Colombia Nears Possible FARC Peace Talks Reply

By Andres Schipani in Lima, Financial Times

Colombia’s government and representatives of the Revolutionary Armed Forces of Colombia, or FARC, agreed to begin peace talks during a meeting in communist-led Cuba, local media reported on Monday.  President Juan Manuel Santos’ government was to meet with emissaries of the Marxist guerrilla group first in Oslo and then Havana in October to end the Andean country’s 48-year old armed conflict, local radio station RCN reported.  Officially confirming part of the speculation, Mr Santos said in a statement on Monday evening that “there have been exploratory talks with the FARC to seek an end to conflict … In the coming days the results will be announced. Colombians can rest assured that the government is acting with prudence, seriousness and firmness.”  “The negotiations will start October 5 in Oslo and will then move to Havana where they will discuss justice, demobilisation, impunity, drug-trafficking, agrarian issues, among others,” said Francisco Santos, the president’s cousin and a former vice-president. “It will be a complex agenda.”

Colombia has experienced a dramatic turnround in the past 10 years, but the guerrillas are still a menace. After a recent uptick in violence, senior government representatives have reportedly met in Cuba’s capital with members of the rebel group to negotiate conditions for formal peace.  A source familiar with Colombia’s peace process told the Financial Times the deal will happen and will be announced soon. “This will be an exit accord, what the FARC are negotiating is their dignity. Time is running against them, the guerrilla is not eternal any more as we once thought it was,” explained Jorge Restrepo, a security analyst with the Javeriana University in Bogotá. “This is the first time after previous attempts that I see we are moving towards something.”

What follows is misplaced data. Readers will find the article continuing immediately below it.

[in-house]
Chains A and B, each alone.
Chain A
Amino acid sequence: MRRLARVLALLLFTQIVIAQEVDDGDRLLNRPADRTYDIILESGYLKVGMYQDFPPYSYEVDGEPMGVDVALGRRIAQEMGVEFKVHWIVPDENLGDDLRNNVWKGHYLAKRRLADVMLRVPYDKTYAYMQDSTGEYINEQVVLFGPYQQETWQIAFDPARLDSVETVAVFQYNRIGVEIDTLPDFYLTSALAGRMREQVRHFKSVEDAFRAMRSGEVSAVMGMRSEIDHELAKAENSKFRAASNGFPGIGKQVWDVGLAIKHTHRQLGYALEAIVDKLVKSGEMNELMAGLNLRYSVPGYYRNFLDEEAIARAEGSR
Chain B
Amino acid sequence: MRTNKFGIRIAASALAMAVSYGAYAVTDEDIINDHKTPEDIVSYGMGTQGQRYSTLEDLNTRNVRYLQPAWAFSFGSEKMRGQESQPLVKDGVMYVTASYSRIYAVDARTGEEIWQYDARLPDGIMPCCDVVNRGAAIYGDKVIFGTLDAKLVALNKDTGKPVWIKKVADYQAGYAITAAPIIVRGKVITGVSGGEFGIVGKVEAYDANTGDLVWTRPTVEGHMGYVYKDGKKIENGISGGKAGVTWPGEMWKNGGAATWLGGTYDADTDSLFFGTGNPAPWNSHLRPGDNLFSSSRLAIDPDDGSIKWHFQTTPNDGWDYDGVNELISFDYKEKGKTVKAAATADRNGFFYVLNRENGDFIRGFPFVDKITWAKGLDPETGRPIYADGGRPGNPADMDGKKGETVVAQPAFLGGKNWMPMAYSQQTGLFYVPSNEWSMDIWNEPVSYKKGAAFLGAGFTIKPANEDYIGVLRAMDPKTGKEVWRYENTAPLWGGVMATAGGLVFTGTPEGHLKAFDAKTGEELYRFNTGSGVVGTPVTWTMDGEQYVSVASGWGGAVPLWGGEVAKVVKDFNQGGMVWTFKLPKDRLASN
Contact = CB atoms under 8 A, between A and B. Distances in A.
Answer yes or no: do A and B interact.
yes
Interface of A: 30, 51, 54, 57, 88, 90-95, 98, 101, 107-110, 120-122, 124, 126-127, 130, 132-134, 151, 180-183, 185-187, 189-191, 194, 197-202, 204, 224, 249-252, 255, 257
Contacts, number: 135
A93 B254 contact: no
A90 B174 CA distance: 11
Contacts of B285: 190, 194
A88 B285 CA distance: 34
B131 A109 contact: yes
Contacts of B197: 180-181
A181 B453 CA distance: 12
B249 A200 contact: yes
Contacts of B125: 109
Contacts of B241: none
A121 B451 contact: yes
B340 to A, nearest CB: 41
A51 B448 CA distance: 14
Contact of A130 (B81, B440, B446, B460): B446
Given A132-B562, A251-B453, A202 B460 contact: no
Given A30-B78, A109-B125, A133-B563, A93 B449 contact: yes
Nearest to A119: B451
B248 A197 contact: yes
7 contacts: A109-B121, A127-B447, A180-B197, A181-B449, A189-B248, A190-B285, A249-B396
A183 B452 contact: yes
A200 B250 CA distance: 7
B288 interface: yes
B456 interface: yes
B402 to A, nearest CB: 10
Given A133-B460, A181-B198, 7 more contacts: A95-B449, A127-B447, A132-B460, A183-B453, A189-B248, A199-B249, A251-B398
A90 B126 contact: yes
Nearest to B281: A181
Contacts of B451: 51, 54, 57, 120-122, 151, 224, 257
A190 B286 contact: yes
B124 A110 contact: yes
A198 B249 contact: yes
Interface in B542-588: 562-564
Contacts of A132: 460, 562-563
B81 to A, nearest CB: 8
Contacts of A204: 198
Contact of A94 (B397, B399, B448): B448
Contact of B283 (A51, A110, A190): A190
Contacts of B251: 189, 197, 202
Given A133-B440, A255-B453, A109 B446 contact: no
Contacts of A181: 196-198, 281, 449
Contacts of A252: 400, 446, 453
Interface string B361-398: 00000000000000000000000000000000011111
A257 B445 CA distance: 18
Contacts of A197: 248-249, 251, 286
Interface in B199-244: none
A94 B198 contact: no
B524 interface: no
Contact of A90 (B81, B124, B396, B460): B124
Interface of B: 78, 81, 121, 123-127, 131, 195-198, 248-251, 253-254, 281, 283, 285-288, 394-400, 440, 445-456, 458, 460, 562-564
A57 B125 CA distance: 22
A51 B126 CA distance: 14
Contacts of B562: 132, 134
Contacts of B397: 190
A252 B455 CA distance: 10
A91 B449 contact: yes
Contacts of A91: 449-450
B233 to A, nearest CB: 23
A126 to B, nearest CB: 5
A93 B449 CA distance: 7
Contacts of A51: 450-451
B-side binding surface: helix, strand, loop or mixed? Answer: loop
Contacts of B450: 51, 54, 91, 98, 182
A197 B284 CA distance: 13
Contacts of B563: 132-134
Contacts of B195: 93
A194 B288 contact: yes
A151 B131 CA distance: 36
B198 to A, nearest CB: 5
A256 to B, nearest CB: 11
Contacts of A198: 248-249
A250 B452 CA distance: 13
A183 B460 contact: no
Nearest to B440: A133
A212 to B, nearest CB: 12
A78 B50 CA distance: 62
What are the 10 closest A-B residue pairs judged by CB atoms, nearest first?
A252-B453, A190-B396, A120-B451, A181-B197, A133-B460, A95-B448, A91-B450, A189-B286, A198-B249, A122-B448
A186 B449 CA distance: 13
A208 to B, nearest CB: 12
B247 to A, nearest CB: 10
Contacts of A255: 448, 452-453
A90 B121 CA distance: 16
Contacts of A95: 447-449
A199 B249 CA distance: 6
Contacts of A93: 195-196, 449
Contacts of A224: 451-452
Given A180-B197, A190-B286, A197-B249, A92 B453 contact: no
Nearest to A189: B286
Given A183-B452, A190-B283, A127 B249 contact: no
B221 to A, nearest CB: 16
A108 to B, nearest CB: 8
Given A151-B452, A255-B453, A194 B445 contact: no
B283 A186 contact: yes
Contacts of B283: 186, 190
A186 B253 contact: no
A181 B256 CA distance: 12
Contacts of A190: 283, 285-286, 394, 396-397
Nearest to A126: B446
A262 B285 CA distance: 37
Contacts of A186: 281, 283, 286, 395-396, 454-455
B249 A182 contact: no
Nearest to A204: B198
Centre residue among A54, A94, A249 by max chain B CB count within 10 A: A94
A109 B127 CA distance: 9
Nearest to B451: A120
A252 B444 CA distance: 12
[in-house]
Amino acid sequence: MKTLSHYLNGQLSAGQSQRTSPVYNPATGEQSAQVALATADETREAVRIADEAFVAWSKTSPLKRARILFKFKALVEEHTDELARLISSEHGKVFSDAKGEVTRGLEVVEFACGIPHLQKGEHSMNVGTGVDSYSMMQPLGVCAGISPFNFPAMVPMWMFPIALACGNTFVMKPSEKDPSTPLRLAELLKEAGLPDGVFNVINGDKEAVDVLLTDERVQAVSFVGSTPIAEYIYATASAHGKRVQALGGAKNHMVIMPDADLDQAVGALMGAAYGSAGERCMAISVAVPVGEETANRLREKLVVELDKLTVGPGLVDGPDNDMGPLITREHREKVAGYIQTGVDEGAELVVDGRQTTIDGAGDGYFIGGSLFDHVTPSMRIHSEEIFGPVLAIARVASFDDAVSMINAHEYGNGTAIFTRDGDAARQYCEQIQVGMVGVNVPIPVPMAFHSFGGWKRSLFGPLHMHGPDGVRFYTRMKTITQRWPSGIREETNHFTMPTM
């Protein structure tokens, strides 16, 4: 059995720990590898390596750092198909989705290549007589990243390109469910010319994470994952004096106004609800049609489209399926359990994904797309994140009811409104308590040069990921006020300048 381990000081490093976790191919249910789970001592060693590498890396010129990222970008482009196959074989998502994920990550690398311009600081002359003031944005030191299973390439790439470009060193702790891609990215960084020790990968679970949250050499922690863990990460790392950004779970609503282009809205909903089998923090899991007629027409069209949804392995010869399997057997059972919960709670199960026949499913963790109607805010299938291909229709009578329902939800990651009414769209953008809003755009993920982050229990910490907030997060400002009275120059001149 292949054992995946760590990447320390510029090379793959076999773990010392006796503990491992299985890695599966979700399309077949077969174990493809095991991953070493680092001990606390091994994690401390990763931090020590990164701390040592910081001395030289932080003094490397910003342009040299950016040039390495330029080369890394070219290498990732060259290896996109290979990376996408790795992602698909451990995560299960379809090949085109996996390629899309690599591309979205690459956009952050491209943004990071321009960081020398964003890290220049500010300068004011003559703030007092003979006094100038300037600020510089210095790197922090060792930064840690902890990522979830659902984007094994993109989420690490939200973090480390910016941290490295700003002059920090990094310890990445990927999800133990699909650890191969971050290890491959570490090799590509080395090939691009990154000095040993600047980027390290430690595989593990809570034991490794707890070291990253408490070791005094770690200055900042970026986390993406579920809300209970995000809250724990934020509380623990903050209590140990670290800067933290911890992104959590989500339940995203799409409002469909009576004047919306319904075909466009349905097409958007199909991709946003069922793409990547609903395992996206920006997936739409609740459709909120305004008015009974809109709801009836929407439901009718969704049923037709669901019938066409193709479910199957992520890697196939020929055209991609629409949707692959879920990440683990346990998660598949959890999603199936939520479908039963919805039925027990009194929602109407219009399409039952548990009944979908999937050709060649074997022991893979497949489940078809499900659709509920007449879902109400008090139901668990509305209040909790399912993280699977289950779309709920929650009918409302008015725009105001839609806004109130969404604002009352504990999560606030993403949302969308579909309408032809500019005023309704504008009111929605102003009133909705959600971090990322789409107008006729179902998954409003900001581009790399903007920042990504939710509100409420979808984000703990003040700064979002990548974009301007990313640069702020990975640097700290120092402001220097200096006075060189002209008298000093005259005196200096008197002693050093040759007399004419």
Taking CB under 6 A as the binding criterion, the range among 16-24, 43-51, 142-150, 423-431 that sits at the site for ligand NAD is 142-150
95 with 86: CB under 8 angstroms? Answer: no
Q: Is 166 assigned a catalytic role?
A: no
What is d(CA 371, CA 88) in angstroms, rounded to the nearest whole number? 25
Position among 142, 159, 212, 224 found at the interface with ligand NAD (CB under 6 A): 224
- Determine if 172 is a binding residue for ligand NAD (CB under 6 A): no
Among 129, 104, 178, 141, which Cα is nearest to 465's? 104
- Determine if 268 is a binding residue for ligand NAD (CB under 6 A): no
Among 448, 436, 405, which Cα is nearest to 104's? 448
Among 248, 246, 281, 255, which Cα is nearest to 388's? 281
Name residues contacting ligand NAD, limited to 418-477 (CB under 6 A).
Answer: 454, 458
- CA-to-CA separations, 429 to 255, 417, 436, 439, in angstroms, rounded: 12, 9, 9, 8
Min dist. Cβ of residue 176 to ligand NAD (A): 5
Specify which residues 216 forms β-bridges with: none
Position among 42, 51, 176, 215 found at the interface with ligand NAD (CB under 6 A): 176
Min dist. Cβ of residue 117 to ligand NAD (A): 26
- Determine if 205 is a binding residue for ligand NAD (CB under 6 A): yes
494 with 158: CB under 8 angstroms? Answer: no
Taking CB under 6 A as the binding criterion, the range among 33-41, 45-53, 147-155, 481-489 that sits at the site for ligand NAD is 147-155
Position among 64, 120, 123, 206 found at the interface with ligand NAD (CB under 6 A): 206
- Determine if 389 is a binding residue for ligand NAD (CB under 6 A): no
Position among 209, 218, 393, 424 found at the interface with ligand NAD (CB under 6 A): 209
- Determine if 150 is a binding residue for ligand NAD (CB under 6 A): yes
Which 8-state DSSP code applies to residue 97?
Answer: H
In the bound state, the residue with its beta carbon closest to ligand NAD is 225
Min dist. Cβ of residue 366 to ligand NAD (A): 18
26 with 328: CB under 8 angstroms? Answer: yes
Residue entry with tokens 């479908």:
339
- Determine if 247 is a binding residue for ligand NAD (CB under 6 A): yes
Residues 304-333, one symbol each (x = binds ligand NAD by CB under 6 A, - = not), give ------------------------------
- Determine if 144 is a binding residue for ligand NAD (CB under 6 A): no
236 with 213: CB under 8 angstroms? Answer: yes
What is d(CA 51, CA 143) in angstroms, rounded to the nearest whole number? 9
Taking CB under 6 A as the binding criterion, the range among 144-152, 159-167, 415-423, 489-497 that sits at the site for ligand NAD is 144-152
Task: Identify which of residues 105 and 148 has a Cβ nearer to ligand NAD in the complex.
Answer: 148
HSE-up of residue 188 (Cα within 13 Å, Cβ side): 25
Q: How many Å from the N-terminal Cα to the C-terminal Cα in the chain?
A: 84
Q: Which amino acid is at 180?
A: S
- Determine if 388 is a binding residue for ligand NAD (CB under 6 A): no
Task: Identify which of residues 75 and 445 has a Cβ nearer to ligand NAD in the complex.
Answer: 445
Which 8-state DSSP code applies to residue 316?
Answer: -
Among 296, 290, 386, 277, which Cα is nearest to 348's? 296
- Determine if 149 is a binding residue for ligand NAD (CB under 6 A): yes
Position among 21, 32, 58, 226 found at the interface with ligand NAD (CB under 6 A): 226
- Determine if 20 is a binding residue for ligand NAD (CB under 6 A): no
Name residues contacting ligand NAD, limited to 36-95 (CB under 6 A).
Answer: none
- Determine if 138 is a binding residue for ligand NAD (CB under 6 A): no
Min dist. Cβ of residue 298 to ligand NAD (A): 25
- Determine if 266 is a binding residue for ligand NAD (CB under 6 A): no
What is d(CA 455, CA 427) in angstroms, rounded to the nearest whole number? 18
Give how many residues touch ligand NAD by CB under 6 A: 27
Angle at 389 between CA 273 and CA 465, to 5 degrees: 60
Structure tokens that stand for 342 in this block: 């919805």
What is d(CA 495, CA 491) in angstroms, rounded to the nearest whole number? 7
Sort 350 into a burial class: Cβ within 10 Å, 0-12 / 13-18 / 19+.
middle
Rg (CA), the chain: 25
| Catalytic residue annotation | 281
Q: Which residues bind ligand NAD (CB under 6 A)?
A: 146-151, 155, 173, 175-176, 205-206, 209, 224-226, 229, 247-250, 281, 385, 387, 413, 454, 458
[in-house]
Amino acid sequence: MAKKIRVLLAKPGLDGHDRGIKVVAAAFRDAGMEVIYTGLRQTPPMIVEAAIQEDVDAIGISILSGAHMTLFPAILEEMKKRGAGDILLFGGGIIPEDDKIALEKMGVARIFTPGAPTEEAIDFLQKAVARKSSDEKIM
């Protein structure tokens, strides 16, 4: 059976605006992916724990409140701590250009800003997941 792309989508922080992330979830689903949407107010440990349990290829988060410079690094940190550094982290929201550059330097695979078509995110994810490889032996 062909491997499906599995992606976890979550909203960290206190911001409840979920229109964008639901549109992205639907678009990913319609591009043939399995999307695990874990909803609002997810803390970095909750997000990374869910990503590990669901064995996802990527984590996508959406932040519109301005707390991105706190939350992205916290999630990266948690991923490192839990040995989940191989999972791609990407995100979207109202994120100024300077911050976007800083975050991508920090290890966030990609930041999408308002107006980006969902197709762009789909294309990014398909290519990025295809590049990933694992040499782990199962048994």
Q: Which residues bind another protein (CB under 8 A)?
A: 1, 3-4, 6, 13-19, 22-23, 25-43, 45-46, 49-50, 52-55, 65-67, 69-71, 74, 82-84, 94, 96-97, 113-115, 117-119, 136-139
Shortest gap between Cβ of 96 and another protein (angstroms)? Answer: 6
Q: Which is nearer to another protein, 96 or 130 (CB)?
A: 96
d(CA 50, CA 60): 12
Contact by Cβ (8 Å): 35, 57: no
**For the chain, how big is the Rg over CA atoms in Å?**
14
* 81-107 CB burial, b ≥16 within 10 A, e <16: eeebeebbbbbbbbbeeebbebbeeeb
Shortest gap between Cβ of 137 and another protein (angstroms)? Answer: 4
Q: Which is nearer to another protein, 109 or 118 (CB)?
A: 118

Since taking office two years ago, Mr Santos has been signaling his willingness to participate in peace talks, yet he had also led some of the most crushing military strikes against the FARC – the region’s longest-running rebel group which still has an estimated force of 8,000 fighters. Its current leader, Timoleón Jiménez – known as ‘Timochenko’ – said in March it was it was “worth breaking the vicious circle and betting on peace.”  “This will be an agreement with a very fragmented FARC sitting at one end of the table and a very strong Colombia, military as well as economically, at the other end,” said Mr Restrepo. An anonymous intelligence source cited by Reuters said Colombia’s government has agreed that FARC leaders would not be extradited to another country to stand trial.

Colombia’s second-largest rebel group, the National Liberation Army, or ELN, said on Monday it would also be willing to hold unconditional peace talks.  “We are open; it’s exactly our proposal, to seek room for open dialogue without conditions and start to discuss the nation’s biggest problems,” the group’s leader Nicolás Rodríguez told Reuters. However, he stressed his group refuses to end its practices of kidnapping, bomb attacks and extortion of foreign oil and mining companies before negotiations officially start.

While the majority of political parties in Colombia’s Congress support the possible negotiations, Mr Santos’ predecessor and former ally, Álvaro Uribe, has openly rejected the peace talks.  Last Wednesday, in a surprise move, Mr Santos asked for all 16 ministers to resign as part of a cabinet reshuffle to shore up his slumping approval ratings. Analysts believe he is now focused on building “a cabinet for peace” looking at his potential re-election in two years.  Local media reports that when Colombia’s president met with his Venezuelan counterpart, leftist Hugo Chávez, in northern Colombia in 2010 Mr Santos requested his assistance to mediate the preliminary talks.   “This is good timing for both presidents,” explained Francisco Santos, the former vice-president; “this might also help them securing re-elections, Chávez in October and Santos in two years.”

Editor’s Note:  The Castro regime has a long history of using its intelligence services to subvert peace negotiations involving allied guerrilla groups.  For a detailed case study of one example, see:  Manipulating the Contadora Peace Process

Ambassador-Spy Oversees Outreach to Nicaraguan Religious Leaders Reply

Source:  Havana Times

Last week, the president of the Council of Churches of Cuba, Joel Ortega, participated in a dialogue with religious leaders, academics and social activists at Nicaragua’s Universidad Evangelica Martin Luther King, reported the Prensa Latina news agency.